Red Dragon Ya Bao – Tasting Vietnam

Red Dragon Ya Bao – Tasting Vietnam

Tea of Vietnam is a tea company that specializes in tea from Northern Vietnam from ancient trees. Their tea is produced by the Red Dzao people using traditional methods. What I found interesting were their tea trees. They are called Shan Tuyet (high-mountain snow tea) and some trees are claimed to be over 300 years old. They have some really impressive photos on their website, showing off the highly respected and preserved trees. They sent me an assortment of their teas, but the one I am showing off today is the Red Dragon Ya Bao. I have never seen or heard of this kind of tea before, so I took a bit of a deep dive into my experience and a little background on this tea. Here are my thoughts:

Red Dragon Ya Bao:

This tea was a treat, and I have one serving left that I might hoard forever. Outwardly, I was not sure how I was going to like this tea, as the dry leaf aroma just had a natural, earthy aroma. But as soon as I added water, a total transformation occurred. Once I did the first steeping, I noticed some extremely sweet and slight floral notes with a tiny bit of earthiness. It reminded me a bit of juice or maybe a syrup? I absolutely love it, and it incredibly unique, as I am not sure if I can accurately describe it. There is just this absolutely unique sweetness and some simple elegance to it. The color of the tea is a very pale yellow color, not really varying in the gaiwan steeps.

I was not prepared for the taste to be similar to the aroma. It was naturally so sweet. I would take a sip my nose would be met with the lovely aroma and the brew itself seemed very aromatic and lovely to each of my senses. As I first tasted it, goosebumps erupted over my body. It reminds me more of fragrance, like a naturally sweet fragrance on my tongue that spreads. I brewed this in my gaiwan, and the sweet fragrant aroma just danced around the lid. Each sip made my mouth water even more and it just was so easy to sip on. There was no astringency to it, very smooth. I did long steeps, about 45-60 seconds each. I did about 10 steeps in and the tea is still so lovely, eventually waning to just a subtle sweetness. I had to take a break to heat up more water, and I noticed a charming lingering taste in my mouth. There is just a crispness to this tea, with syrupy notes. As steeps went on, I noted a slightly woody taste in the very background, but not super apparent at first.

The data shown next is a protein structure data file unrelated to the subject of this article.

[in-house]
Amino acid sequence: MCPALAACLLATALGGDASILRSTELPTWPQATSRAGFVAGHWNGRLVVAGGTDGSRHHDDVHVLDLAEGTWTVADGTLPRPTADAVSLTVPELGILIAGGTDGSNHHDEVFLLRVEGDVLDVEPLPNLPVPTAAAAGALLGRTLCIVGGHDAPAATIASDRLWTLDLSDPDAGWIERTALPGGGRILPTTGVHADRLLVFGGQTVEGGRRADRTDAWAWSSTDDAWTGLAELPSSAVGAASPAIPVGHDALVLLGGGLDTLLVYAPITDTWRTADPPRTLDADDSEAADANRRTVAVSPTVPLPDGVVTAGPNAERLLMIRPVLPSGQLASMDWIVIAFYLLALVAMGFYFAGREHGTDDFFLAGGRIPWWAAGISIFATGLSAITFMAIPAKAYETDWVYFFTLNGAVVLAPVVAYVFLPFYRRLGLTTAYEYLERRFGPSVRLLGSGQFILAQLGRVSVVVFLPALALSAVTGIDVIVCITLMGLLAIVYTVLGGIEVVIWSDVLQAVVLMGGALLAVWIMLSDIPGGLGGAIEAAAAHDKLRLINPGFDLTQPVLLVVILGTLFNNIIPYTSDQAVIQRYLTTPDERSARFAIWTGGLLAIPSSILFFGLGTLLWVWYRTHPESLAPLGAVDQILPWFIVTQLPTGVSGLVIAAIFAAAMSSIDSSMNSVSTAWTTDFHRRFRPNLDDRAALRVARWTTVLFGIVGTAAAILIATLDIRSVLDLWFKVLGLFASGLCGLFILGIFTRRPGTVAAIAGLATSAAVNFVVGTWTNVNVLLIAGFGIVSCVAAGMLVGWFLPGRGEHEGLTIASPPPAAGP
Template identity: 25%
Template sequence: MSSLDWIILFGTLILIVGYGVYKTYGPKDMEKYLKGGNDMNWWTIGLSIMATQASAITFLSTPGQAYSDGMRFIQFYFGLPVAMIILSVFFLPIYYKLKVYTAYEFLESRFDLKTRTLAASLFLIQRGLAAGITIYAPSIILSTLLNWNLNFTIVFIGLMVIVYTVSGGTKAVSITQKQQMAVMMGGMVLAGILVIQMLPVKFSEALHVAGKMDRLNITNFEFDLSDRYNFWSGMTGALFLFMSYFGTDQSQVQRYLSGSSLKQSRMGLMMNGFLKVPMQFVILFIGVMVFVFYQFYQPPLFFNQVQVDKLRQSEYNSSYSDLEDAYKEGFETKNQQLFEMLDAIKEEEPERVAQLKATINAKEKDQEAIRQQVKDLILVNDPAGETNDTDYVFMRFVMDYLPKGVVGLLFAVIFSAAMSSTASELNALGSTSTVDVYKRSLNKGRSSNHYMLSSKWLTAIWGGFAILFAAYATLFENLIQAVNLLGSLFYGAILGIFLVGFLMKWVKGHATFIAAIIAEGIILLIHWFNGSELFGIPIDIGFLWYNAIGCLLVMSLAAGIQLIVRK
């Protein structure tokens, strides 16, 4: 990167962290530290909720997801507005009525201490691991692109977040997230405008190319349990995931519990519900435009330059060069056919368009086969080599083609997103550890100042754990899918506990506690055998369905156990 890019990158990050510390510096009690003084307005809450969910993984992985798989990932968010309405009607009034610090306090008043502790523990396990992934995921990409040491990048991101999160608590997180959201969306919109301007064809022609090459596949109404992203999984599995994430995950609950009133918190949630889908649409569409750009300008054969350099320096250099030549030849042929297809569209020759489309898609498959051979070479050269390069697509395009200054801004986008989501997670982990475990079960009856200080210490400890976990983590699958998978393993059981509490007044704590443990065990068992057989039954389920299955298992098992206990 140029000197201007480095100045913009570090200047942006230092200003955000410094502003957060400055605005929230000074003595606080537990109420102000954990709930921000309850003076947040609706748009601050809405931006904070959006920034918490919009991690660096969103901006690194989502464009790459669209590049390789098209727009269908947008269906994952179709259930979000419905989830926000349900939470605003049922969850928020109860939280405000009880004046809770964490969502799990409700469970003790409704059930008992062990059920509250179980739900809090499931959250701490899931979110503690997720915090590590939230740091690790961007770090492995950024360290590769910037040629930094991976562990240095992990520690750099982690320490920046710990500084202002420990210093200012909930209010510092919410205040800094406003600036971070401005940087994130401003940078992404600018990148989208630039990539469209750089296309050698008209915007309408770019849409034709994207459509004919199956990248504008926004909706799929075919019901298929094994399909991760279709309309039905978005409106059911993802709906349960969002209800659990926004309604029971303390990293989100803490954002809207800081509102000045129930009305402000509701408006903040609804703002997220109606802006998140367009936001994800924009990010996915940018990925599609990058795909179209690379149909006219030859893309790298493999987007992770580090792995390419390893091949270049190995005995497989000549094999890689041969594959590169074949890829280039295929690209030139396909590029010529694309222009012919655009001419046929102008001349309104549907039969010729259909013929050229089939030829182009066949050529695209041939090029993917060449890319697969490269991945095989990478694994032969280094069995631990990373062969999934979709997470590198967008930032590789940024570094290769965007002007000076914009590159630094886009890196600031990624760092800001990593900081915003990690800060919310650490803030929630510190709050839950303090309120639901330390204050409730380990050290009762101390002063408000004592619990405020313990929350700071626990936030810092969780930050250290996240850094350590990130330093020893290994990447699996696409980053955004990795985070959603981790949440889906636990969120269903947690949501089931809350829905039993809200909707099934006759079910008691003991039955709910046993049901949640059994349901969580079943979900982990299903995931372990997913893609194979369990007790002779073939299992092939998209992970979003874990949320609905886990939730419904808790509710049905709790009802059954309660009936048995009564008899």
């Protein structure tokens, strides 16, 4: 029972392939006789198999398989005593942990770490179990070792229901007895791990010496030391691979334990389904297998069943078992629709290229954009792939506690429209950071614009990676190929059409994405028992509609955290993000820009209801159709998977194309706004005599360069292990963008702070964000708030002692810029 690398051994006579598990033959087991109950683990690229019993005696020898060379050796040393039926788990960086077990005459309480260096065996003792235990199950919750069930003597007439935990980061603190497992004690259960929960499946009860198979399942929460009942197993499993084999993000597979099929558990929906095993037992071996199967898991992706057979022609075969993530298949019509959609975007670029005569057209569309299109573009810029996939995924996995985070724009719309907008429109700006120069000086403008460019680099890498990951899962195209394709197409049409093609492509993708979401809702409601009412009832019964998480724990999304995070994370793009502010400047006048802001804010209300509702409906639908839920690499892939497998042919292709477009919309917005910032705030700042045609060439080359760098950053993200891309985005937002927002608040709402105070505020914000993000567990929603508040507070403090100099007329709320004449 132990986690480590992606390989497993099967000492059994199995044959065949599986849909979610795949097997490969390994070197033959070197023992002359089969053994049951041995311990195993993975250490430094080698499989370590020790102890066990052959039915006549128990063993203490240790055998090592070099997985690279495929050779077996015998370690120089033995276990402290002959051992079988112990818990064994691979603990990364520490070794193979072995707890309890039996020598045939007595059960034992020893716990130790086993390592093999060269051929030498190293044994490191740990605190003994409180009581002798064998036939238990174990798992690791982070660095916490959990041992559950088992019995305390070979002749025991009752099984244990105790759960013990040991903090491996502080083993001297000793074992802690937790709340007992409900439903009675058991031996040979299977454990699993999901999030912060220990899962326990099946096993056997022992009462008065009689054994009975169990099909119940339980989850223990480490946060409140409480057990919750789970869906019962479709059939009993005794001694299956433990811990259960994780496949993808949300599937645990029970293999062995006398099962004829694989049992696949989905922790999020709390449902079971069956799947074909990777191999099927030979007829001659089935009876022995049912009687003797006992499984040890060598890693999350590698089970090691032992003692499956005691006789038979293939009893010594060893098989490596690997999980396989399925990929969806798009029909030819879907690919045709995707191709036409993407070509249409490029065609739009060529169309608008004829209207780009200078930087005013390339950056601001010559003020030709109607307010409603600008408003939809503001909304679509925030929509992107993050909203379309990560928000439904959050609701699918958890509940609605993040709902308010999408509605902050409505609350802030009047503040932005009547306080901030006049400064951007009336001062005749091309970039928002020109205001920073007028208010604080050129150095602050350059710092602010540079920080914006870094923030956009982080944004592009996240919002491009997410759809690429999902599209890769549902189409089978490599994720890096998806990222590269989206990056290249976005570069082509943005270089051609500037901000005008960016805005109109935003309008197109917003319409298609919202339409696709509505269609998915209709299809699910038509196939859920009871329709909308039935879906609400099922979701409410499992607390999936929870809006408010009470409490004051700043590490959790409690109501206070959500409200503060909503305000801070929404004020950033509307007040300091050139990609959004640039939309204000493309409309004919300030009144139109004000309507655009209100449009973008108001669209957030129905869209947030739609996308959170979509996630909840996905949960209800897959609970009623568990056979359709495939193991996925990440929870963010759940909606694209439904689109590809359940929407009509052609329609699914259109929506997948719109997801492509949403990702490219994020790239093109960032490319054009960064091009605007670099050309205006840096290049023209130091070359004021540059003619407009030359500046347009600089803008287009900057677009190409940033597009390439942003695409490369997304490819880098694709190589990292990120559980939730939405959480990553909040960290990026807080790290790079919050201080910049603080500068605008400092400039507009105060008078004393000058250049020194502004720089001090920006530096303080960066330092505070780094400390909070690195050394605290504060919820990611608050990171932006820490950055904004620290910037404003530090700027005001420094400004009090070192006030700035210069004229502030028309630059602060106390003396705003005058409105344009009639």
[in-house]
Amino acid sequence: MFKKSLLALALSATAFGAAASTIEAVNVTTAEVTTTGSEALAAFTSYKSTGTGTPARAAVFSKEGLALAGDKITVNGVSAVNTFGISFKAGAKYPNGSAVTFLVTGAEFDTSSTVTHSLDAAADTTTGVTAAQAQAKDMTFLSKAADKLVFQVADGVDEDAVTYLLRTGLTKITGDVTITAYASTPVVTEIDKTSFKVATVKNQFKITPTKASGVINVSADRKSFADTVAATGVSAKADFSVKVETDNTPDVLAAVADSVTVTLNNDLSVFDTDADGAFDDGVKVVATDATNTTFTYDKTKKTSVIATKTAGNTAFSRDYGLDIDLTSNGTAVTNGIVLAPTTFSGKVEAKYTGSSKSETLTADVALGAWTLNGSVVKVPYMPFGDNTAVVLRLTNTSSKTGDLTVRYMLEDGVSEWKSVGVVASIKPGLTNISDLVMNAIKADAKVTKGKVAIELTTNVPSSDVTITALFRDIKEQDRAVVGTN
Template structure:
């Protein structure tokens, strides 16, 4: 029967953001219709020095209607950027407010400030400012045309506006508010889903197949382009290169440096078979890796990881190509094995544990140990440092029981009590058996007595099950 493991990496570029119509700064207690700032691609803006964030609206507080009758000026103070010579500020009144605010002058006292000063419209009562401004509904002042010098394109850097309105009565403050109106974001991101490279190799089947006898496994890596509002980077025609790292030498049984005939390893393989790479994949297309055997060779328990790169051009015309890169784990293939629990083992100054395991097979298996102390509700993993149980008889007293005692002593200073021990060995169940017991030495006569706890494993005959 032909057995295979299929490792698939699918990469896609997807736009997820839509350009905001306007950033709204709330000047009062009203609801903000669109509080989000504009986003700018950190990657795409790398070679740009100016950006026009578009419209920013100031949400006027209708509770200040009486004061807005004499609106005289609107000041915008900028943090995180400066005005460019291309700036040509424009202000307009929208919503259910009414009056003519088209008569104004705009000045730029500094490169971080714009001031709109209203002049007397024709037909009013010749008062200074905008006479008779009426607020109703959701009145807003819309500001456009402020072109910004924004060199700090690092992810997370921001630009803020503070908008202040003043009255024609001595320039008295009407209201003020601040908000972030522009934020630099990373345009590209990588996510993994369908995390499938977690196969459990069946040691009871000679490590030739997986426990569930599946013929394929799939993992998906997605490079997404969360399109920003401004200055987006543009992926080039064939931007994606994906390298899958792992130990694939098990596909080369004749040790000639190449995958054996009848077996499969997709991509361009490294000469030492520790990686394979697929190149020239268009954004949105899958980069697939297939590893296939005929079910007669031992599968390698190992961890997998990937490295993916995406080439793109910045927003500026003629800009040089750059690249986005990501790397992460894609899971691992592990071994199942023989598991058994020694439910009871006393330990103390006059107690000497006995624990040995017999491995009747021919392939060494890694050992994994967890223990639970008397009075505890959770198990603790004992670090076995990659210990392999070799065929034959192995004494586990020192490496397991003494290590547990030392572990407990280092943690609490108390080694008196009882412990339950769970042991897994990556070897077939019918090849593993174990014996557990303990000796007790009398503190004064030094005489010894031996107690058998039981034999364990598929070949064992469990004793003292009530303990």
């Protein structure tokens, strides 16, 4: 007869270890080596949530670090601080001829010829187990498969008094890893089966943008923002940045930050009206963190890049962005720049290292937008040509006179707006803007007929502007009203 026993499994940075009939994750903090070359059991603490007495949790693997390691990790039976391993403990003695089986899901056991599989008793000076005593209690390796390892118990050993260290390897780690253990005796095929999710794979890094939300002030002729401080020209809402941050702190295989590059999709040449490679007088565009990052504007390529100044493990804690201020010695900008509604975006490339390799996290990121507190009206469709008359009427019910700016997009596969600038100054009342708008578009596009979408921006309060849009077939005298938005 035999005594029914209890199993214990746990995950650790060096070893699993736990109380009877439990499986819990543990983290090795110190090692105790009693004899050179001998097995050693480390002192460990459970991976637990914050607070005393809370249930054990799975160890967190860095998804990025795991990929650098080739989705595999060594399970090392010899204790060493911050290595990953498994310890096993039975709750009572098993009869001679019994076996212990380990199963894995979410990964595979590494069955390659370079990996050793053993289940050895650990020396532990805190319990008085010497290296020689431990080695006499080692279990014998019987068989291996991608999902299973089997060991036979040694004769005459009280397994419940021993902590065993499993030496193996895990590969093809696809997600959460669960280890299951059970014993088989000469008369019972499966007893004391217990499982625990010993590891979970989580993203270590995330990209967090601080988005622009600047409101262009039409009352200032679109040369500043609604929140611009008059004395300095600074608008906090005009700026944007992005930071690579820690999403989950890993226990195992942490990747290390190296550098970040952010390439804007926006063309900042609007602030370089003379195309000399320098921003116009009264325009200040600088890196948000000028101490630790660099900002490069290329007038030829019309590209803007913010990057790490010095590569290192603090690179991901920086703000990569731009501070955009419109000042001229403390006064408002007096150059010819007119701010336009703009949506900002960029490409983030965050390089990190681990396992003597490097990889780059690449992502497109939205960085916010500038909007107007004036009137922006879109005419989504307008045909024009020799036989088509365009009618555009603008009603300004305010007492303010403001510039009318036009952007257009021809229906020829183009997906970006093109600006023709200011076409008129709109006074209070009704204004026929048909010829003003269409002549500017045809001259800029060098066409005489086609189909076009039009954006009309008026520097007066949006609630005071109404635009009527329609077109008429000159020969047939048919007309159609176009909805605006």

A Little Background

So, at first I did not realize that this came from a tea tree. I had no idea mostly because it did not look anything like tea leaves. So, a little research is needed!

There is a great debate that Ya Bao is even tea. There are three versions of Ya Bao, depending on variation: camellia sinensis var. assamica, c. crassicolumna, and c. taliensis. I believe this tea is from the camellia sinensis var. assamica, from looking at an article from Verdant Tea (Check out this article for some awesome information) and examining the buds and their tasting notes. Each tea plant variation gives a different looking and tasting type of Ya Bao, making it incredibly unique and different due to the variations of caffeine, theobromine, and antioxidant levels. While some variations do not have caffeine (camellia sinensis var.), c. assamica and c. taliensis does have reduced amounts of caffeine.

Some Logistics

Price: This tea is priced at $14 for 50 grams, $28 for 100 grams, and $49 for 150 grams.

Packaging: This tea came is beautiful tea packaging, and it really did keep the integrity of the tea intact.

Sourcing: Wild tea trees of Ha Giang, Vietnam, said to be from century-old trees in the Shan Tuyet tea forest. Their tea is produced by the Red Dzao people using traditional methods.

This was just….a treat. Amazing honestly. I am going to try and hunt down the other variations so I can compare and taste this new tea. Have you tried it? If so, which variation? Let me know! Happy Brewing!


Leave a Reply

Your email address will not be published. Required fields are marked *